Cute and Compact: Lots to Love, Chubby – £10.99
Check out this little fella! Or is it a girl? Sadly we may never know as there’s nowt under them pants! And it looks so cuddlesome, but if there was a way to make all that blubber a bit softer to the touch, that would also be on my wish list (Have a go at searching for soft body ethnic dolls on amazon.co.uk and see if you have any more luck than me turning something up that has a reasonable price). Note that not all facial expressions are the same, so you may not get Mr Smiles-a-Lot on the photo, here. I didn’t.
Negging aside though, there are good points about ‘Lots to Love’. At 28cm, it’s the ideal size for an 18 month old to grasp. And it actually is rather pleasant looking as plastic dolls go, so not so many ‘Chuckie’ style nightmares for Mum! Plus £10.99 shouldn’t break the bank, though you’ll see a big price hike on the next size up. You can also find Asian and Hispanic variations.
Skintone Winner: Tiny Babies, Black Baby – £19.00
Of the three mentioned here, this is the only one that seemed readily available in a really strong black colour, and the features look race-appropriate to me. So two thumbs up for that! Plus it is anatomically correct. It is at the more expensive end if you’re on a budget, though not ludicrously so. And it comes in a bit smaller than Early Moments at 34cm. There is also an Asian variation, with a great head of hair! Shop with care, though – there seem to be some wildly variable prices around for the same dolls, from the same company!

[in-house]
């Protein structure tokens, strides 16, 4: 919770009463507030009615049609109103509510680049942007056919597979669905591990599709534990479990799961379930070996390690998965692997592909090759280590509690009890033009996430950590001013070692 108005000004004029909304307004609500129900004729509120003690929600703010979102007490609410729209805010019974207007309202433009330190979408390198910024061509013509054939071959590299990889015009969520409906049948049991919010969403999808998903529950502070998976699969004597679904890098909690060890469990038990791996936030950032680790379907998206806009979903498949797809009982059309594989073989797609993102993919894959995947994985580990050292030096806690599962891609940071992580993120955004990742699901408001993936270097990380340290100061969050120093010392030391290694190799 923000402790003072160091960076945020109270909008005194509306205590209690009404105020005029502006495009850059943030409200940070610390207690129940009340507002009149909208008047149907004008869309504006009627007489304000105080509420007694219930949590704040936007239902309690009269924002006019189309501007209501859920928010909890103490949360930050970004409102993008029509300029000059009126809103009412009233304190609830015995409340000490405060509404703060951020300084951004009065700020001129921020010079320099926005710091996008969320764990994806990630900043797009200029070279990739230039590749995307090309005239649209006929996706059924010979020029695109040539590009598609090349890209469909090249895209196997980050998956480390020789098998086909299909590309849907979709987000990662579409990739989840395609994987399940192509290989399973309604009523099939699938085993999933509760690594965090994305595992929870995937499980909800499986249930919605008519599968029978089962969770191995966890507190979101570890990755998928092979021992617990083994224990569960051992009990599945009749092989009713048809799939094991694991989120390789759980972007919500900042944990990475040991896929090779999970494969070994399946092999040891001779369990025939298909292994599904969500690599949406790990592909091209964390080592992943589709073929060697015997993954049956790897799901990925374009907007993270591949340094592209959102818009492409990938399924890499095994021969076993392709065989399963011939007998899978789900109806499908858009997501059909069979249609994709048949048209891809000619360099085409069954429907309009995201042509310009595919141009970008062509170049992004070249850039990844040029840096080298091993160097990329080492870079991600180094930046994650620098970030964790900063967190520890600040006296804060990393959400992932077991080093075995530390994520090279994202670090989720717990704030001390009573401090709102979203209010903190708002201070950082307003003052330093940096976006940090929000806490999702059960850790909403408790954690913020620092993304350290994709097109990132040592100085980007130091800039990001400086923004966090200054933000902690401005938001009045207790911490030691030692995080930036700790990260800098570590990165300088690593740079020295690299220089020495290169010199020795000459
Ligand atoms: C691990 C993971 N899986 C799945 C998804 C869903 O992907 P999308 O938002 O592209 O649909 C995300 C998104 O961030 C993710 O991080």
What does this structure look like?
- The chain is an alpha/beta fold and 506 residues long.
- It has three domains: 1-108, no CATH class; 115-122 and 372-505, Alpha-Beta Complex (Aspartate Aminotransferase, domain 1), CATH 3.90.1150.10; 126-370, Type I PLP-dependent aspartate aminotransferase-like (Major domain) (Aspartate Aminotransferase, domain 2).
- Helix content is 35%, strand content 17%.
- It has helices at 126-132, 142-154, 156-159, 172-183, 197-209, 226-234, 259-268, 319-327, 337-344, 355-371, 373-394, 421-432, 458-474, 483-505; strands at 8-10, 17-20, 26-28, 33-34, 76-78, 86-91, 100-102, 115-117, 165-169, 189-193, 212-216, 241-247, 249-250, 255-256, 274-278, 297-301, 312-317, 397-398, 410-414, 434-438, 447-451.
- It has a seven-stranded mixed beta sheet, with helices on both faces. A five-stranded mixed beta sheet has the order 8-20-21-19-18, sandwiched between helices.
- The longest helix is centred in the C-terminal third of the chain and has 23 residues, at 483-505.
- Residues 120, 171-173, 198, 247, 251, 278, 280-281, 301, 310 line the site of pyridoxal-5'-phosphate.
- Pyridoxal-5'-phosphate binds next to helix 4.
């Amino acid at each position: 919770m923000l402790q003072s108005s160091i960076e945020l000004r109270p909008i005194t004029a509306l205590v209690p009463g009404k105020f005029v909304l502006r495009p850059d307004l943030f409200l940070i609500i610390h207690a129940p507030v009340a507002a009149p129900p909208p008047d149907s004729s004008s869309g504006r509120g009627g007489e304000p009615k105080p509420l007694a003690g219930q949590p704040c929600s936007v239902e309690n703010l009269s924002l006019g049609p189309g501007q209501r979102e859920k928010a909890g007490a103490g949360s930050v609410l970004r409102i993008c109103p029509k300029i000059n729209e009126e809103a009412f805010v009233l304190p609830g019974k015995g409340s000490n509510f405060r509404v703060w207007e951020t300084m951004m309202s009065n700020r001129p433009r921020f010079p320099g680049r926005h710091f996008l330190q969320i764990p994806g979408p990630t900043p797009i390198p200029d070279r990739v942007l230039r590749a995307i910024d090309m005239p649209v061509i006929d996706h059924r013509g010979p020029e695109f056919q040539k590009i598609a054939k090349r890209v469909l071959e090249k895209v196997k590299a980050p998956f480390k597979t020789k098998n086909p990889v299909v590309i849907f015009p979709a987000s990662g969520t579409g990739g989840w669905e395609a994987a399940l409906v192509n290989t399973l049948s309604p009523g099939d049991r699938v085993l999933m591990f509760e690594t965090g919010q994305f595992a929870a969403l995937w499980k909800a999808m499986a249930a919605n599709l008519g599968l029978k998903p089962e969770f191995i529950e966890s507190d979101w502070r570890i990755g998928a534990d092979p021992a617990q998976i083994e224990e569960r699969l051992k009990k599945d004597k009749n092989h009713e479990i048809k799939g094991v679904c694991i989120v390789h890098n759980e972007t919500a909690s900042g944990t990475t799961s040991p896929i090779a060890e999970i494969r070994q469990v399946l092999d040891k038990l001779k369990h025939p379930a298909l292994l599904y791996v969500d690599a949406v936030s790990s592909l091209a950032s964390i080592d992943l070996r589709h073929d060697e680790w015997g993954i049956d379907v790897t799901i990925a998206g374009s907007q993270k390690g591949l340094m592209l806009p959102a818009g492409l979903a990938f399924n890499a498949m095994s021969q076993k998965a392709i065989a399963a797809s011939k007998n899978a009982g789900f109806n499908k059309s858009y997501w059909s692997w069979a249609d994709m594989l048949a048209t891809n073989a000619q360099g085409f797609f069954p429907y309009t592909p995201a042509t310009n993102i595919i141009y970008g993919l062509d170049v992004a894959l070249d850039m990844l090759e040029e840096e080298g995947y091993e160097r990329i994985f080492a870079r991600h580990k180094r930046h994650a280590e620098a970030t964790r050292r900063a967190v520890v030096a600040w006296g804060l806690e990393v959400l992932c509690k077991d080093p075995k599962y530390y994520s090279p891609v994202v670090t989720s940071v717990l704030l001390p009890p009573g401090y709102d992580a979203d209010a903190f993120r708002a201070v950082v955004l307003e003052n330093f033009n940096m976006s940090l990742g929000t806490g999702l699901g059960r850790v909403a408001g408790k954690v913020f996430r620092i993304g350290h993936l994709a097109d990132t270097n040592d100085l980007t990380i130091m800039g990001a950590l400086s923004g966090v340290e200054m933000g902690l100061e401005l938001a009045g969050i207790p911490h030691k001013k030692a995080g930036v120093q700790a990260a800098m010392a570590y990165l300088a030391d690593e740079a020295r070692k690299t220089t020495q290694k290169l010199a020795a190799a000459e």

After gnashing my teeth over the anatomy issue a bit, I’m afraid I was once again seduced by looks (see: the pram saga!) and opted for ‘Lots to Love’. I’m a sucker for a chubster, and I liked the overall size. Plus the site I purchased ‘Chubby’ from, Mixed Streets, gets a shout for the free kid’s hair product and nice little note they sent along with the purchase. These small things make all the difference. So the intention is of ‘upgrading’ to a ‘Tiny Baby’ at a later date when she’s bigger and it’s easier to handle a larger doll – which means we’ll have to overlook The Mystery of the Missing Genitals for now. But, as I’d hoped, she does seem to be enjoying her doll. It gets frequent bottle feeds – though so do I, to be fair! – and lots of cuddles. And is lovingly tucked up in a cardboard box bed, Norwegian Style.
So, back to where this all started: Guildford Argos. Feeling sure I must have missed something, I returned to my local branch and did some more fishing around for ethnic dolls. An initial search raised nothing but, after trawling a few pages of plastic dolls on their computer thinger, I noticed a male and female version of this Bayer doll. Not a bad little lass/fella, eh? Yet tucked away there on the third or fourth page, and only available for delivery (I can’t think this would fly in somewhere like London, for instance, there must be regional variations, surely?)
Somewhat mollified, I turned my attention back to the catalogue that had first caught my attention. Turns out I’d misremembered. It wasn’t three pages of uninterrupted white. It was eight. I counted, several times. Then I noticed something else: that in those eight pages of real children playing with all those white dolls, there was only non-white face.
So I invite you to join me in an Argos-directed Facepalm, and hope that things move ever forwards.
Now, got to run.. Eva is calling me for my bottle-feed! But if anyone knows a good place in the Guildford area to get ethnic dolls please shout.
(Oh and, FYI, that place off North Street that still sells golliwogs does not count)